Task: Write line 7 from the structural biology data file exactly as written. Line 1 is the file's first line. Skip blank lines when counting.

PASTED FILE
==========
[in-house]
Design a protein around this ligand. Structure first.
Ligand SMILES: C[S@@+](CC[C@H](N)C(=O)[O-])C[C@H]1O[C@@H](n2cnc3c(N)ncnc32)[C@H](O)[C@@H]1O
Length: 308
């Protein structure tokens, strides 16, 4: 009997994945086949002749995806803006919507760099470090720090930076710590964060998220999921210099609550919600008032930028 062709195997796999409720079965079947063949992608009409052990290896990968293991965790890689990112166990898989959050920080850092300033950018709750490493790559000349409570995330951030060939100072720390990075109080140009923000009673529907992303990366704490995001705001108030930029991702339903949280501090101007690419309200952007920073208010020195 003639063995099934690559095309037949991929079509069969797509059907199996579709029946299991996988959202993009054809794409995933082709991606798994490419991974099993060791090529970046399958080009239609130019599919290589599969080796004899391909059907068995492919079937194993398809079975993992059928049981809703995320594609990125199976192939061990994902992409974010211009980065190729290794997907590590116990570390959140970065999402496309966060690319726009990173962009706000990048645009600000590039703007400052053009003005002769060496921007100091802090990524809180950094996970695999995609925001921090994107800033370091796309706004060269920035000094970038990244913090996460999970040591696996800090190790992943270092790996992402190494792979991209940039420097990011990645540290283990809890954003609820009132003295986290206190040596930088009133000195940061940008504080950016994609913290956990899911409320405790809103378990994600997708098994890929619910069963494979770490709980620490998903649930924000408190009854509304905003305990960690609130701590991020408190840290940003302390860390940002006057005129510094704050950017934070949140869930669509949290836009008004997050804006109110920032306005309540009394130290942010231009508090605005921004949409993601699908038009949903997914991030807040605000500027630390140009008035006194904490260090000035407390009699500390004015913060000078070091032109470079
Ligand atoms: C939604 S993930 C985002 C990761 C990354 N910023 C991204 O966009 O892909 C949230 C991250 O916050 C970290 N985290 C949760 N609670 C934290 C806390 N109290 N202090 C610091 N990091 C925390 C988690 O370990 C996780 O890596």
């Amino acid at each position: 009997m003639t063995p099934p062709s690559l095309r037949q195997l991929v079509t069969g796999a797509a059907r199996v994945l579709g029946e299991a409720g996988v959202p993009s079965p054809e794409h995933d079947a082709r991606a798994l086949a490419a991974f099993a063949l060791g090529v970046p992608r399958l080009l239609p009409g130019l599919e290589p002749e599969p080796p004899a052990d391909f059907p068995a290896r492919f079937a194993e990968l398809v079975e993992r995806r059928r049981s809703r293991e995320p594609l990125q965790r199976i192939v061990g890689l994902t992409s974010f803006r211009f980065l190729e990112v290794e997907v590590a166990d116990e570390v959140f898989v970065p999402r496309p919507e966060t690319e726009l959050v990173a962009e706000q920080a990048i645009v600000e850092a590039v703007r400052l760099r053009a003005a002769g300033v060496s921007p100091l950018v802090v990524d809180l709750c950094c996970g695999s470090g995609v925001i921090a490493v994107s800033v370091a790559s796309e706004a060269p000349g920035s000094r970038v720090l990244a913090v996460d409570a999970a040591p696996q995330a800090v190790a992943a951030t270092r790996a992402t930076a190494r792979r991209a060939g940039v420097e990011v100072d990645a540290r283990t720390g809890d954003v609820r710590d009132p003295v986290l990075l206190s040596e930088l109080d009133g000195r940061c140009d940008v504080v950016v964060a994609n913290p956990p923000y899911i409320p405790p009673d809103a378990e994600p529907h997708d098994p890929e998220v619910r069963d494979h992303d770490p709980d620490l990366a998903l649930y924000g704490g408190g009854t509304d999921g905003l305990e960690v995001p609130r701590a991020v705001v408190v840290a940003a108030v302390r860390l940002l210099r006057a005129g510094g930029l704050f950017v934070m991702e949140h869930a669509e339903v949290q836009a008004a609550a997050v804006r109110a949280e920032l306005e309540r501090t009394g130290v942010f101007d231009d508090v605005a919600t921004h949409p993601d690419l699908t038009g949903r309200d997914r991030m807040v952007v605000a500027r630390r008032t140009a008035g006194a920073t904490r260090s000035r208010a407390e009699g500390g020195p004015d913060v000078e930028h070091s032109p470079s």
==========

């Amino acid at each position: 009997m003639t063995p099934p062709s690559l095309r037949q195997l991929v079509t069969g796999a797509a059907r199996v994945l579709g029946e299991a409720g996988v959202p993009s079965p054809e794409h995933d079947a082709r991606a798994l086949a490419a991974f099993a063949l060791g090529v970046p992608r399958l080009l239609p009409g130019l599919e290589p002749e599969p080796p004899a052990d391909f059907p068995a290896r492919f079937a194993e990968l398809v079975e993992r995806r059928r049981s809703r293991e995320p594609l990125q965790r199976i192939v061990g890689l994902t992409s974010f803006r211009f980065l190729e990112v290794e997907v590590a166990d116990e570390v959140f898989v970065p999402r496309p919507e966060t690319e726009l959050v990173a962009e706000q920080a990048i645009v600000e850092a590039v703007r400052l760099r053009a003005a002769g300033v060496s921007p100091l950018v802090v990524d809180l709750c950094c996970g695999s470090g995609v925001i921090a490493v994107s800033v370091a790559s796309e706004a060269p000349g920035s000094r970038v720090l990244a913090v996460d409570a999970a040591p696996q995330a800090v190790a992943a951030t270092r790996a992402t930076a190494r792979r991209a060939g940039v420097e990011v100072d990645a540290r283990t720390g809890d954003v609820r710590d009132p003295v986290l990075l206190s040596e930088l109080d009133g000195r940061c140009d940008v504080v950016v964060a994609n913290p956990p923000y899911i409320p405790p009673d809103a378990e994600p529907h997708d098994p890929e998220v619910r069963d494979h992303d770490p709980d620490l990366a998903l649930y924000g704490g408190g009854t509304d999921g905003l305990e960690v995001p609130r701590a991020v705001v408190v840290a940003a108030v302390r860390l940002l210099r006057a005129g510094g930029l704050f950017v934070m991702e949140h869930a669509e339903v949290q836009a008004a609550a997050v804006r109110a949280e920032l306005e309540r501090t009394g130290v942010f101007d231009d508090v605005a919600t921004h949409p993601d690419l699908t038009g949903r309200d997914r991030m807040v952007v605000a500027r630390r008032t140009a008035g006194a920073t904490r260090s000035r208010a407390e009699g500390g020195p004015d913060v000078e930028h070091s032109p470079s």